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One thing I know for certain is that ‘’talking about your feelings’’ cannot cure a diagnosable mental illness. To purport this idea is reductive and shows a deep-rooted misunderstanding of the complex physiological roots of psychiatric conditions. However, through supporting my brother in his experiences with anxiety and depression, I have come to appreciate that talking openly about emotions does play an extremely important role in a family where mental illness is present.
If you've quit therapy for mental illness in the past, have you ever asked yourself if it's time to go back to therapy? I've asked that question of myself recently. I've had so much therapy it would make your psychology spin, but I've been out of therapy for about 10 years now. I'm a believer in therapy for everyone, I just thought I was no longer benefitting from it at that time. But are there signs that mean it's time to go back to therapy for mental illness?
Many people are experiencing significant anxiety about the world. Our collective anxiety is skyrocketing faster than news is posted to fill the seemingly infinite space online. Anxiety disorders are the most common of all mental illnesses worldwide, and the United States is the most anxious country, with a higher percentage of people diagnosed with anxiety disorders than in any other country.1 Further, the experience of anxiety in the United States is on the rise, with more and more people reporting problems with worry and fear that aren't diagnosable as a mental illness.2 What is behind this climbing anxiety? The answer to that is quite complex, of course, and can't be reduced to one single explanation. That said, there are contributing factors. One such cause of anxiety about the state of the world is the news. Here's a look at what's happening to help you decrease your own anxiety.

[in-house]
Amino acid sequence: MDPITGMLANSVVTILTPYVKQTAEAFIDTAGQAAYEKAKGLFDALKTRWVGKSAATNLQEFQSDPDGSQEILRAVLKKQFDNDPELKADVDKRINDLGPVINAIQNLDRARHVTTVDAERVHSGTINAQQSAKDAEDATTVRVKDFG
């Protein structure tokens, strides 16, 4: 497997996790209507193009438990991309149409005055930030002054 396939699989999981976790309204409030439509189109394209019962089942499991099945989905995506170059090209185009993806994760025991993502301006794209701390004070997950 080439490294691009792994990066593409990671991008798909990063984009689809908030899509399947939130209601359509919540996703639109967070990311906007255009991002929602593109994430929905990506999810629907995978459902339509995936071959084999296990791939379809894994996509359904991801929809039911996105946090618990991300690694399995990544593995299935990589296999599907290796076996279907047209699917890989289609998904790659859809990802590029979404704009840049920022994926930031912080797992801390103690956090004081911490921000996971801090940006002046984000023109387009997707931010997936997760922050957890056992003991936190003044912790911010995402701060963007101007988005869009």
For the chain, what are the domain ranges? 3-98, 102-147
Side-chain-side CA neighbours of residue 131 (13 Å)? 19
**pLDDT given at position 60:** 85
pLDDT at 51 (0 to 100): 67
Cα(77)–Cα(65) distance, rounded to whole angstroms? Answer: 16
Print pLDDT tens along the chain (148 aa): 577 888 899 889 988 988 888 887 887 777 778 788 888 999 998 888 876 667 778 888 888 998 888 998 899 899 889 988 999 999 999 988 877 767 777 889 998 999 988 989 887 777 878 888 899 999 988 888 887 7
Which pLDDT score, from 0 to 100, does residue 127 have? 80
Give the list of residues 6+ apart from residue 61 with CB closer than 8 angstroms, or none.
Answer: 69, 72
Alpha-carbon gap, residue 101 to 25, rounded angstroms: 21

Posttraumatic stress disorder (PTSD) and intimate relationships don't always go well together. On top of that, dating when you are in your 20s is tough. Finding people to date in real life is next to impossible, and online dating can be a fiasco. If you ask around, you'll find that many people in their 20s know and understand this struggle--myself being one of them. What most people don't understand, however, is how much more difficult dating and forming intimate relationships can be when you're suffering from PTSD.
New experiences can bolster self-esteem. I learned this first-hand this week when I received training on new technology for managing my type 1 diabetes. As exciting as it is to be on the cutting edge, my ancient VCR is still unconnected since my recent move because I can't figure out how to attach it to my new cable box. New technology is challenging for me and I was nervous about going in for my training. I am still a bit anxious today as I continue to learn on the job, so to speak, but every day I see tiny little improvements in my diabetes control, and it keeps me motivated. This new experience is strengthening my self-esteem, bit by bit.
Why is a schedule an important part of coping with anxiety?
This is the story of how I began a lifestyle of kindness. I befriended a homeless family, talked to strangers in the airport, and learned to get out of my comfort zone.